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Packaged food: India consistently ranked towards bottom for all measures of nutritional quality

23 Aug 2019

Excerpts from the paper “A comparison of the healthiness of packaged foods and beverages from 12 countries using the Health Star Rating nutrient profiling system, 2013–2018”, published in Obesity Reviews, World Obesity Federation:


FSAI

We compared the healthiness of packaged foods and beverages between selected countries using the Health Star Rating (HSR) nutrient profiling system. Packaged food and beverage data collected 2013–2018 were obtained for Australia, Canada, Chile, China, India, Hong Kong, Mexico, New Zealand, Slovenia, South Africa, the UK, and USA. Each product was assigned to a food or beverage category and mean HSR was calculated overall by category and by country.

Countries were ranked by mean HSR and median nutrient levels. Mean HSR for all products  was 2.73  out of 5.0 (healthiest profile). The UK, USA, Australia and Canada ranked highest for overall nutrient profile (HSR 2.74–2.83) and India, Hong Kong, China and Chile ranked lowest (HSR 2.27–2.44). Countries with higher overall HSR generally ranked better with respect to nutrient levels. India ranked consistently in the least healthy third for all measures.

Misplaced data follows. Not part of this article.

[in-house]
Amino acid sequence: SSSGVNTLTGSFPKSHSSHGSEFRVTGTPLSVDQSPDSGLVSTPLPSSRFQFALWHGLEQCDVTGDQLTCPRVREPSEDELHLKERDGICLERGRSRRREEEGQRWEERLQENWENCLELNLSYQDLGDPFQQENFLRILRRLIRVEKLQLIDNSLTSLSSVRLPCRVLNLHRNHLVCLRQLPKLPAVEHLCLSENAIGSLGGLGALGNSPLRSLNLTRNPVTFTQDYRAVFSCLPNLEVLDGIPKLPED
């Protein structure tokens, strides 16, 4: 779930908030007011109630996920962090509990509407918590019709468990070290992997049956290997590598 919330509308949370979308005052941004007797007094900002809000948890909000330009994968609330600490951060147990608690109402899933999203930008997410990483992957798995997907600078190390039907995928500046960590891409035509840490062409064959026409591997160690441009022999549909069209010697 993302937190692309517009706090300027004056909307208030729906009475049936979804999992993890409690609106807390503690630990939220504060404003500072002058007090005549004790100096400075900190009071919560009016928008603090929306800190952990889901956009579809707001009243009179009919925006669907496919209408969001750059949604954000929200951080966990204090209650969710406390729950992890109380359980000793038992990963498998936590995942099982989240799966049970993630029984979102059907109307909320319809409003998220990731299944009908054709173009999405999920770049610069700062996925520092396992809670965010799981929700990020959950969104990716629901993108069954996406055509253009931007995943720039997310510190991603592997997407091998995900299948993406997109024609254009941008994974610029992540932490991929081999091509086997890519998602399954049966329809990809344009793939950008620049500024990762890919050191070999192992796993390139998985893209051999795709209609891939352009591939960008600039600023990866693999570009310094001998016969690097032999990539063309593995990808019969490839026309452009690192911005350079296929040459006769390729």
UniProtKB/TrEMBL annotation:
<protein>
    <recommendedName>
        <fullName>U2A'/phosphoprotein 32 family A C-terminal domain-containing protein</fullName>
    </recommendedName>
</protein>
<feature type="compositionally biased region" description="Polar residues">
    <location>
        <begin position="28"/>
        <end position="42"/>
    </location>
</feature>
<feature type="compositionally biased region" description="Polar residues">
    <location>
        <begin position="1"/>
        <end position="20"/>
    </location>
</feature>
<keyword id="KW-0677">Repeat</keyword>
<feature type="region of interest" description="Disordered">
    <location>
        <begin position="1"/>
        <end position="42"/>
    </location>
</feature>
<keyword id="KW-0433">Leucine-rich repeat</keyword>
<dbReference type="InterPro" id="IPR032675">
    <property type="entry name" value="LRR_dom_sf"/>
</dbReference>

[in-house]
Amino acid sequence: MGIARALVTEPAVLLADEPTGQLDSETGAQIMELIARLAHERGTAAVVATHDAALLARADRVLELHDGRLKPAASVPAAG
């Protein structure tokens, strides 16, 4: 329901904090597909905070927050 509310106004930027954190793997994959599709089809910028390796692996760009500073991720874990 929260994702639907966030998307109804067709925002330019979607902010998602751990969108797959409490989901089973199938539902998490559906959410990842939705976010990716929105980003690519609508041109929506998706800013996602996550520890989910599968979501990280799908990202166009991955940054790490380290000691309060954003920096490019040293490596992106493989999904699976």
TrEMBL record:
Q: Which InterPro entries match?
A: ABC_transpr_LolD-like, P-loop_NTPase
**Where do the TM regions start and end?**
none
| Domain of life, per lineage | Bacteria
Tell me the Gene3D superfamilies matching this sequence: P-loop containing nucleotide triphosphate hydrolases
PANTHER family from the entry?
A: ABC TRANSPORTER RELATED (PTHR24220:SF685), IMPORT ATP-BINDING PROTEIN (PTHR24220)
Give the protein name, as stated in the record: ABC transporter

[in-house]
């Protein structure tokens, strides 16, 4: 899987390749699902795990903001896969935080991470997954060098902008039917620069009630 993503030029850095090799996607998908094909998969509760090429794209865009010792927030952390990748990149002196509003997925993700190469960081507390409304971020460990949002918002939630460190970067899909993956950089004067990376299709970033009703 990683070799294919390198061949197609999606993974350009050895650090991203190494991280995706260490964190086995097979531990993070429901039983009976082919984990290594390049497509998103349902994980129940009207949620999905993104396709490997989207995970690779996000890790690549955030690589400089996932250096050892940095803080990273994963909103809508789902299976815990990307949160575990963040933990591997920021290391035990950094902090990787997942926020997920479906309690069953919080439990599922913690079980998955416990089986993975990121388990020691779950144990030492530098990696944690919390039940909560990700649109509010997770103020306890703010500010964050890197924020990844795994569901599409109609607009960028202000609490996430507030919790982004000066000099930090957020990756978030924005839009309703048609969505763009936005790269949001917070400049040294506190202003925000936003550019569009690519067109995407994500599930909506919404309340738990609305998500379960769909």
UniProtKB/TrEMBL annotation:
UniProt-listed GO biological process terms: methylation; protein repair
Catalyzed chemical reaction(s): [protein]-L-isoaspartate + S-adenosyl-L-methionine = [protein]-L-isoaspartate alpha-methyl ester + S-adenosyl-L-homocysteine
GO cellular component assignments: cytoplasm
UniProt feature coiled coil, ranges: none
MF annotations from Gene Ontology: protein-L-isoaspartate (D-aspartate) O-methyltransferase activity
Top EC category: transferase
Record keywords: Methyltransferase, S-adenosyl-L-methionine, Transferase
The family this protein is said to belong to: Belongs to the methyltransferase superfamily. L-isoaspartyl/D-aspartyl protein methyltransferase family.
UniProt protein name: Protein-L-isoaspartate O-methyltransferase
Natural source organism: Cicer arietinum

There is considerable variability in the healthiness of packaged foods and beverages in different countries. The finding that packaged foods and beverages are less healthy in middle‐ income countries such as China and India suggests that nutrient profiling is an important tool to enable policymakers and industry actors to reformulate products available in the marketplace to reduce the risk of obesity and non-communicable diseases (NCDs) among populations.

There was considerable heterogeneity in the healthiness of food and beverage categories by country. No country consistently ranked in the upper, middle or lower third of HSR rankings for all categories. However, countries such as Australia, New Zealand and South Africa had a relatively small number of categories in the lowest (least healthy) third of HSRs (two from a total of 14). In contrast, Hong Kong, India, Chile and China had six or more of their food and beverage categories ranked in the lowest third.